By November 2001 the concept for the Far Field had been initiated and a rather poor demonstrator fabricated. These early demonstrator designs used cut down commercial DMD projectors rather than purpose-built equipment because we had not yet negotiated the purchase and use of the DMDTM for military applications and equally had not acquired the details of the TI drive circuitry.

In a report of September 2002, the name ‘Quantum Optics’ first appeared, and the design was to become known as the ‘Quantum HUD’ or ‘QHUD™’.  The Quantum HUD optical design was granted US Patent 7,907,342 on March 15, 2011 citing Michael Simmonds and Richard Howard of BAE Systems Optical Design Team at Rochester as inventors.

By the third quarter of 2004 a development programme had been initiated with the US Defense Advanced Research Projects Agency DARPA under a Broad Agency Agreement BAA.

A number of QHUD™TM demonstrators were produced using this early technology in 2009 but there were a number of very difficult problems that prevented this design being suitable.

By the end of 2011 a new ‘Monoblock demonstrator design had been shown to Lockheed Martin at Fort Worth, Texas and was very well received. A later visit to Boeing in Seattle also gained a lot of interest. The new design HUD weighed less than 30lbs, so the marketing people decided on the name ‘LiteHUD®’.

At Farnborough International in 2014 the Company showed a ‘LiteHUD® noting again that the waveguide technology is very compatible with the large displays found in the latest combat aircraft.

Originally the name Quantum HUD was conceived and registered as Q-HUD™ with the plan for this to be the overall name for the new waveguide design. However, the military HUD has been renamed as LiteHUD® and the Q-HUD™ name is to be used for the civil transport programme for the replacement of the conventional overhead mounted HUDs in air transport and business jet aircraft.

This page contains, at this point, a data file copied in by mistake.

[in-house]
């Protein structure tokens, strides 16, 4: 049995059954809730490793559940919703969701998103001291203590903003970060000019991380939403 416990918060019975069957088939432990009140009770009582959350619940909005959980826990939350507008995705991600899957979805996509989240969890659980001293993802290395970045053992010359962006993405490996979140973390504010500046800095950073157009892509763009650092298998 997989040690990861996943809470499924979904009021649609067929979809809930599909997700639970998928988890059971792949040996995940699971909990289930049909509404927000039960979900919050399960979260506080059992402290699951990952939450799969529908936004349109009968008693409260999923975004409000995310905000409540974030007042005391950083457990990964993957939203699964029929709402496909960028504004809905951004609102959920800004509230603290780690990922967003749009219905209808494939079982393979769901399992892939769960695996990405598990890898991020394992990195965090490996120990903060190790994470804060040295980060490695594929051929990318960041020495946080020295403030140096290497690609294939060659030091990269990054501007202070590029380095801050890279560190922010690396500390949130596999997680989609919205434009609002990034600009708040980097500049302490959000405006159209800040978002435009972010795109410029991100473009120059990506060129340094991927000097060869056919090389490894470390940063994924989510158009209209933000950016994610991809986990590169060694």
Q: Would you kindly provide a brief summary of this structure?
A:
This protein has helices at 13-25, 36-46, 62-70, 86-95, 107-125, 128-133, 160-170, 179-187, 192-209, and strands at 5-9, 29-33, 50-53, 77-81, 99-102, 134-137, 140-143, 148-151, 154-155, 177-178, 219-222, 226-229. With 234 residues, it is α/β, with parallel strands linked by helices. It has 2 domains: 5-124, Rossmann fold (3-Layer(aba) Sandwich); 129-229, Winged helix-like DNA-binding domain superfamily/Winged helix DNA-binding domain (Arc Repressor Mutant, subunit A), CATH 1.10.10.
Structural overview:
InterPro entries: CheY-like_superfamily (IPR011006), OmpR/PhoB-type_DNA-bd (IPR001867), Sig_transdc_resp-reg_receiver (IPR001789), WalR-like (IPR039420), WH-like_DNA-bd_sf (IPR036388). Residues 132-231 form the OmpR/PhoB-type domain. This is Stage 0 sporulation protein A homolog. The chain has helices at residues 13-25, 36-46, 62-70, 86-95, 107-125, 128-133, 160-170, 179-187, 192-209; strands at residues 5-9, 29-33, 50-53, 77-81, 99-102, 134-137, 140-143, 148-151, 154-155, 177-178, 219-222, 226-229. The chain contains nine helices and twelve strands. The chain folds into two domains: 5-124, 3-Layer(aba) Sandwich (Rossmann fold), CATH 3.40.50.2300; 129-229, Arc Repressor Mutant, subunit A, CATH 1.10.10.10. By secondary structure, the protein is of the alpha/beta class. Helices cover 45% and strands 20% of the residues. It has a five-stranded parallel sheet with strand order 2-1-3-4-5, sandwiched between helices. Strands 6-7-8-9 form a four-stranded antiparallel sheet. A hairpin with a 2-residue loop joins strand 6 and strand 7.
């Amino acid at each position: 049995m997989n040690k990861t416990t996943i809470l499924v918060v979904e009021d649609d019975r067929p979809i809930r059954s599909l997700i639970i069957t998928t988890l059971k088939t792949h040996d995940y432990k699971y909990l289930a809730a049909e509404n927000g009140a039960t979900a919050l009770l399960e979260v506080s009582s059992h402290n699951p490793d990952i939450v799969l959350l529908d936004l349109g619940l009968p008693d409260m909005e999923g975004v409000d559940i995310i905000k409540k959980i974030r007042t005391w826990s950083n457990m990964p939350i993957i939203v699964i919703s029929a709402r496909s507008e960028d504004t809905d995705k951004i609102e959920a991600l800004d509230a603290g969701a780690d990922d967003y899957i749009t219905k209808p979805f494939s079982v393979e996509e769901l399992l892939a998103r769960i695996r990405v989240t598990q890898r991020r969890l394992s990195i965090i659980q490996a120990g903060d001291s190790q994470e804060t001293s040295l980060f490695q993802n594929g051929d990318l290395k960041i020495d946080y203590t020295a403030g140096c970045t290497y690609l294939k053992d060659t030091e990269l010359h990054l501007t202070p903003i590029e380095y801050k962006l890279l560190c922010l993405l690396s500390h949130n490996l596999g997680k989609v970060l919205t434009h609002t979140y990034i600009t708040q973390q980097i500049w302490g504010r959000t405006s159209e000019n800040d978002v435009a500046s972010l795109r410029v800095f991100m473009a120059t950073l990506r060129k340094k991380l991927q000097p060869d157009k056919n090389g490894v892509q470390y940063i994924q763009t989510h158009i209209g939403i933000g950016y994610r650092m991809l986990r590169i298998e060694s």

The Q-HUD™ utilises the same LiteHUD® waveguide as the glareshield installation, but in its inherent ‘direct view’ mode. The very high outside world transmission (>80%) coupled with almost no colour shift makes this an ideal Combiner for use in these applications. The waveguide design generates no image distortion so the flat Combiner does not introduce an additional factor when considering the overall outside world distortion performance of the cockpit windshield and HUD Combiner combination.

As with LiteHUD® the drive electronics and projection optics of the new Q-HUD™ are all packaged within an integrated housing which is mounted above the closeout panels forming the cockpit ceiling with only the Combiner visible to the pilot. The unit incorporates a set of pilot operated controls for image management and interfaces to the aircraft avionics and sensors via industry standards ARINC 429 & 818 data and video formats respectively. The production variant will incorporate a mechanism to allow the pilot to stow and deploy the Combiner for easy ingress/egress as well as provide compliance with the mandatory Head Impact Criteria (HIC) requirements for new designs. The “break-away” mechanism has been designed to allow the Combiner to move away from the head under high-g conditions or with impact and will be kinematic to ensure accuracy is restored following stowage of HIC operation. The Q-HUD™ design results in a unit of such minimal size that it makes it feasible to produce a single design which is transferrable across aircraft types from the same manufacturer without modification.